Eight San Pablo stores were recently awarded certificates for either removing or not having low-displayed alcohol advertisements — part of a youth-led campaign to reduce rates of underage drinking.
Sylvester Greenwood Academy students who are part of the youth leadership group Discovering the Reality of Our Community (DROC) launched a campaign in March encouraging San Pablo stores near the town center, library and Helms Middle School to remove alcohol advertisements placed at three feet or below, aiming to reduce instances where youth encounter them. Studies have indicated that kids are likely to consume more alcohol when exposed to ads promoting alcohol brands.
Eight of 10 stores they visited were praised for either not having such ads or for removing them after the first visit. Those stores — Adobe Liquors, Dollar Tree, HP, Las Montanas, R C Liquors, Shell, Smart & Final, and Walgreens — were awarded certificates to display at their registers, “commemorating their commitment to eliminate youth-targeted alcohol advertising,” according to DROC, a program by Bay Area Community Resources.
In a 2016 survey, 64-percent of San Pablo stores that sell liquor had low-placed ads promoting alcohol.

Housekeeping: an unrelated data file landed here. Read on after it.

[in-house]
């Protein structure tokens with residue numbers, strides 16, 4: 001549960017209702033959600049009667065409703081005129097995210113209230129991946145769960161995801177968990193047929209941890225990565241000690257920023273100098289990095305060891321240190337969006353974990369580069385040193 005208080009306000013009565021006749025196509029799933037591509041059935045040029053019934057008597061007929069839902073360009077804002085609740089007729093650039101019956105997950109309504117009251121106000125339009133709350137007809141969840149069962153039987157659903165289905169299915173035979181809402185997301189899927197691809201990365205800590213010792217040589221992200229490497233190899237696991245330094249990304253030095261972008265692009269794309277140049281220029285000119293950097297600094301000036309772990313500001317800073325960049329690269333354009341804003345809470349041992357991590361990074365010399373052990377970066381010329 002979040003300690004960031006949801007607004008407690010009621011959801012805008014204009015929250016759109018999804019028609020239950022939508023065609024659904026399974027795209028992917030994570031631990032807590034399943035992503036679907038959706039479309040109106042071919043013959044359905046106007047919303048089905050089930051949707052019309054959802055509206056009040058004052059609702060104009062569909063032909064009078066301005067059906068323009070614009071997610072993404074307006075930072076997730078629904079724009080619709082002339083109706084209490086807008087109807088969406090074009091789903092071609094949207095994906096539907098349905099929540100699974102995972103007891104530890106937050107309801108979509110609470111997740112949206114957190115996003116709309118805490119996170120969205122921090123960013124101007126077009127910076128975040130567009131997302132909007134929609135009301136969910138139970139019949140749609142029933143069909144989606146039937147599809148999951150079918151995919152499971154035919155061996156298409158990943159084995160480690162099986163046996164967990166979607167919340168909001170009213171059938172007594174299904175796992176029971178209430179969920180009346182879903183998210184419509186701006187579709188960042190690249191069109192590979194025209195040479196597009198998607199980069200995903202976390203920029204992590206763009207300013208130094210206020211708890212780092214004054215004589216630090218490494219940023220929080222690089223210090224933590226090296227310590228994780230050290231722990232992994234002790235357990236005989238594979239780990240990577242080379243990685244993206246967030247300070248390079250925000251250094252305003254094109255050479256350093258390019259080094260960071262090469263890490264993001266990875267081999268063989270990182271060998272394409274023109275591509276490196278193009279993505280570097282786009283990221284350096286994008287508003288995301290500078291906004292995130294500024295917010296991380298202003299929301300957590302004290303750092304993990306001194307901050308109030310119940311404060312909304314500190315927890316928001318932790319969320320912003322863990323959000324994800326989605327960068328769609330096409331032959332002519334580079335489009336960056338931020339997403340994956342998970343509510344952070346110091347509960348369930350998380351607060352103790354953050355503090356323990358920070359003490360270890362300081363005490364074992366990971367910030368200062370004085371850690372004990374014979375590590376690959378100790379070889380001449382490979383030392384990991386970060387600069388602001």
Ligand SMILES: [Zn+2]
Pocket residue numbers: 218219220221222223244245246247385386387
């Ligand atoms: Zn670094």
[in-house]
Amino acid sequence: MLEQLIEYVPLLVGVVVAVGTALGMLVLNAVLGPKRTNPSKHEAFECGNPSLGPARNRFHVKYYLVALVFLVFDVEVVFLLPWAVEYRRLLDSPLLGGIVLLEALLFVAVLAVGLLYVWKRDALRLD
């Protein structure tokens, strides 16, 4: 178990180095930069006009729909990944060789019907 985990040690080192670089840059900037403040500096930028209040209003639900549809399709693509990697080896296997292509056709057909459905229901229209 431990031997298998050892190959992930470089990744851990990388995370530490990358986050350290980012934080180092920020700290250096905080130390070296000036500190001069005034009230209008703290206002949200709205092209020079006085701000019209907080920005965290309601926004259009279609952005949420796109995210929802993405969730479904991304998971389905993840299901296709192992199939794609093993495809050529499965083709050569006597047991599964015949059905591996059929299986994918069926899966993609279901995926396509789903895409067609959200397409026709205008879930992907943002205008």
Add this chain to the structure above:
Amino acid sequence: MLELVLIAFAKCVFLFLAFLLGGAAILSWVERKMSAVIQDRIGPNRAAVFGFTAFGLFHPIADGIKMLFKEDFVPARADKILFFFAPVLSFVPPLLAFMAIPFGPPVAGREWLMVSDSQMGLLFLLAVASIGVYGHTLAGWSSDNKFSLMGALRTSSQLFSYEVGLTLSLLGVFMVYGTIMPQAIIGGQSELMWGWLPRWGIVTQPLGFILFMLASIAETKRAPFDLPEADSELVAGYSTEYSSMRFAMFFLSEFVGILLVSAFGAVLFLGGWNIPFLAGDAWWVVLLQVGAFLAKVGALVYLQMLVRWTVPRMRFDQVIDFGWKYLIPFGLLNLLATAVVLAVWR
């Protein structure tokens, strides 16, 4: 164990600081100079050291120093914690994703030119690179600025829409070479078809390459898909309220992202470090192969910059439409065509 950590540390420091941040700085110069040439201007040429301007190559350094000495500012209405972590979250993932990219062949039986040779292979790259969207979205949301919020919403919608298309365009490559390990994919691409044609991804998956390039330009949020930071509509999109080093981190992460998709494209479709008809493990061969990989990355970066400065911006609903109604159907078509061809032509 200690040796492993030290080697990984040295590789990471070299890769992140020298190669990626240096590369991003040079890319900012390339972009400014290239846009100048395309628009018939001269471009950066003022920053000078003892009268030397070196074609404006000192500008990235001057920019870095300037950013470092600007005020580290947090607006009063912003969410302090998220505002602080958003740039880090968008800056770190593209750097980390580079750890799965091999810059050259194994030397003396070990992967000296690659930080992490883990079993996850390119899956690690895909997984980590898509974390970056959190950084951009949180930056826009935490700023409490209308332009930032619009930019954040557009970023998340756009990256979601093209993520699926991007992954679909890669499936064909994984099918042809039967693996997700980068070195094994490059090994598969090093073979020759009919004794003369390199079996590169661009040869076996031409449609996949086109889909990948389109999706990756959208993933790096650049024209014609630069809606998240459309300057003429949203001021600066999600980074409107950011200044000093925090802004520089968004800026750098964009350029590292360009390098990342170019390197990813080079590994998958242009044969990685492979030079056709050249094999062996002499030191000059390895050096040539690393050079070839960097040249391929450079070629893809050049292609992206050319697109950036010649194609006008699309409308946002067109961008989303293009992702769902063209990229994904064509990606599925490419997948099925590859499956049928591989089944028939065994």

“Alcohol advertisements at this height accidentally promotes drinking to younger children, who may begin the habit at an earlier age they otherwise wouldn’t,” according to the youth-authored DROC report. “Often times, liquor ads are placed in stores by distributor companies, who bring product and promotional material to local stores. However, many youth in our community frequent these stores to buy snacks, or to shop with their families. When children already see as many as four alcohol ads each day, it becomes crucial to eliminate alcohol promotions to underage community members.”
Sylvester Greenwood Academy students who participated in this project include Jesus Buitimea, Lesly Campos, Cynthia Jones, Alisa Dempsey, Jose Gallardo, Lessly Godoy, Casey Leonard, Elisa Martinez, Jaime Navarette, Yader Ramirez, Jose Rodriguez, Joanna Santillan, and John’Iyah West.
View the results of the 2016 Healthy Stores for Healthy Communities survey here.